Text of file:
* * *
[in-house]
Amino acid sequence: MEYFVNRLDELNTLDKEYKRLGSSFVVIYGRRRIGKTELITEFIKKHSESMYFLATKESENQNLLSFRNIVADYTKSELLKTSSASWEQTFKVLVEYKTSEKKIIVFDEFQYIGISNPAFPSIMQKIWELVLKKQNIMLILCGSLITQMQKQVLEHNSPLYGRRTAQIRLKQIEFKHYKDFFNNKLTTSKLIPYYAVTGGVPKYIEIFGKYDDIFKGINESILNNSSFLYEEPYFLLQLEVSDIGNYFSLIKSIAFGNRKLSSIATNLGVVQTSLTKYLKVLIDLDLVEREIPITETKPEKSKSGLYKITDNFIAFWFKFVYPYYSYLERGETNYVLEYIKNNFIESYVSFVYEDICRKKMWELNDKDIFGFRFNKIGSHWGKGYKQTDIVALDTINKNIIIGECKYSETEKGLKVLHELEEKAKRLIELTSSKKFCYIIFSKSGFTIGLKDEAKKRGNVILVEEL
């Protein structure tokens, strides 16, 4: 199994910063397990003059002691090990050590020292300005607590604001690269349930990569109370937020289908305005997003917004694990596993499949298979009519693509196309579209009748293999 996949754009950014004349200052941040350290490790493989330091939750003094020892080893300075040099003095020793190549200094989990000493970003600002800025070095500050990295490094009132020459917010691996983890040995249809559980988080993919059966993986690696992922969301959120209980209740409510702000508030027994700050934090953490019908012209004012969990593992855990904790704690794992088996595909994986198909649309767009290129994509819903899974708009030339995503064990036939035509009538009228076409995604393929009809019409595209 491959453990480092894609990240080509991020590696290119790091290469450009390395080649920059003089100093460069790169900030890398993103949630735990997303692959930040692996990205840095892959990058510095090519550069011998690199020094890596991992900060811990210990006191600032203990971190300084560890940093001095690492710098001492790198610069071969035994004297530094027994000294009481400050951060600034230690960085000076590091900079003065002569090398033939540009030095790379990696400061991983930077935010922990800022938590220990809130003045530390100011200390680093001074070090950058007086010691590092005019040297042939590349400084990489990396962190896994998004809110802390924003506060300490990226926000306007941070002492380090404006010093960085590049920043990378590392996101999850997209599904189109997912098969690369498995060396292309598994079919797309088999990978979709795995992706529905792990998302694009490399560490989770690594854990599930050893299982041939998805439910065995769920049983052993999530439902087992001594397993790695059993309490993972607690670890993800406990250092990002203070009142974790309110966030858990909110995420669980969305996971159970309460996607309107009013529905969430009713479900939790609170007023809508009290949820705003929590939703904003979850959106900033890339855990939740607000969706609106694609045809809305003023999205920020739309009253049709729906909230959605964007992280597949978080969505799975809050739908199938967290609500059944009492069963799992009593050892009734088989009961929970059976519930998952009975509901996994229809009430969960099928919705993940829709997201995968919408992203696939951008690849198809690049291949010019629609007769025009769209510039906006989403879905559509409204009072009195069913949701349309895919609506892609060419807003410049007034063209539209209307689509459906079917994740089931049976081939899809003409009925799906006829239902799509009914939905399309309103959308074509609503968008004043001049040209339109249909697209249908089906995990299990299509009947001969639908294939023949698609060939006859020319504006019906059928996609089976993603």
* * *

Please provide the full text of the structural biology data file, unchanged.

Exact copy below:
[in-house]
Amino acid sequence: MEYFVNRLDELNTLDKEYKRLGSSFVVIYGRRRIGKTELITEFIKKHSESMYFLATKESENQNLLSFRNIVADYTKSELLKTSSASWEQTFKVLVEYKTSEKKIIVFDEFQYIGISNPAFPSIMQKIWELVLKKQNIMLILCGSLITQMQKQVLEHNSPLYGRRTAQIRLKQIEFKHYKDFFNNKLTTSKLIPYYAVTGGVPKYIEIFGKYDDIFKGINESILNNSSFLYEEPYFLLQLEVSDIGNYFSLIKSIAFGNRKLSSIATNLGVVQTSLTKYLKVLIDLDLVEREIPITETKPEKSKSGLYKITDNFIAFWFKFVYPYYSYLERGETNYVLEYIKNNFIESYVSFVYEDICRKKMWELNDKDIFGFRFNKIGSHWGKGYKQTDIVALDTINKNIIIGECKYSETEKGLKVLHELEEKAKRLIELTSSKKFCYIIFSKSGFTIGLKDEAKKRGNVILVEEL
């Protein structure tokens, strides 16, 4: 199994910063397990003059002691090990050590020292300005607590604001690269349930990569109370937020289908305005997003917004694990596993499949298979009519693509196309579209009748293999 996949754009950014004349200052941040350290490790493989330091939750003094020892080893300075040099003095020793190549200094989990000493970003600002800025070095500050990295490094009132020459917010691996983890040995249809559980988080993919059966993986690696992922969301959120209980209740409510702000508030027994700050934090953490019908012209004012969990593992855990904790704690794992088996595909994986198909649309767009290129994509819903899974708009030339995503064990036939035509009538009228076409995604393929009809019409595209 491959453990480092894609990240080509991020590696290119790091290469450009390395080649920059003089100093460069790169900030890398993103949630735990997303692959930040692996990205840095892959990058510095090519550069011998690199020094890596991992900060811990210990006191600032203990971190300084560890940093001095690492710098001492790198610069071969035994004297530094027994000294009481400050951060600034230690960085000076590091900079003065002569090398033939540009030095790379990696400061991983930077935010922990800022938590220990809130003045530390100011200390680093001074070090950058007086010691590092005019040297042939590349400084990489990396962190896994998004809110802390924003506060300490990226926000306007941070002492380090404006010093960085590049920043990378590392996101999850997209599904189109997912098969690369498995060396292309598994079919797309088999990978979709795995992706529905792990998302694009490399560490989770690594854990599930050893299982041939998805439910065995769920049983052993999530439902087992001594397993790695059993309490993972607690670890993800406990250092990002203070009142974790309110966030858990909110995420669980969305996971159970309460996607309107009013529905969430009713479900939790609170007023809508009290949820705003929590939703904003979850959106900033890339855990939740607000969706609106694609045809809305003023999205920020739309009253049709729906909230959605964007992280597949978080969505799975809050739908199938967290609500059944009492069963799992009593050892009734088989009961929970059976519930998952009975509901996994229809009430969960099928919705993940829709997201995968919408992203696939951008690849198809690049291949010019629609007769025009769209510039906006989403879905559509409204009072009195069913949701349309895919609506892609060419807003410049007034063209539209209307689509459906079917994740089931049976081939899809003409009925799906006829239902799509009914939905399309309103959308074509609503968008004043001049040209339109249909697209249908089906995990299990299509009947001969639908294939023949698609060939006859020319504006019906059928996609089976993603």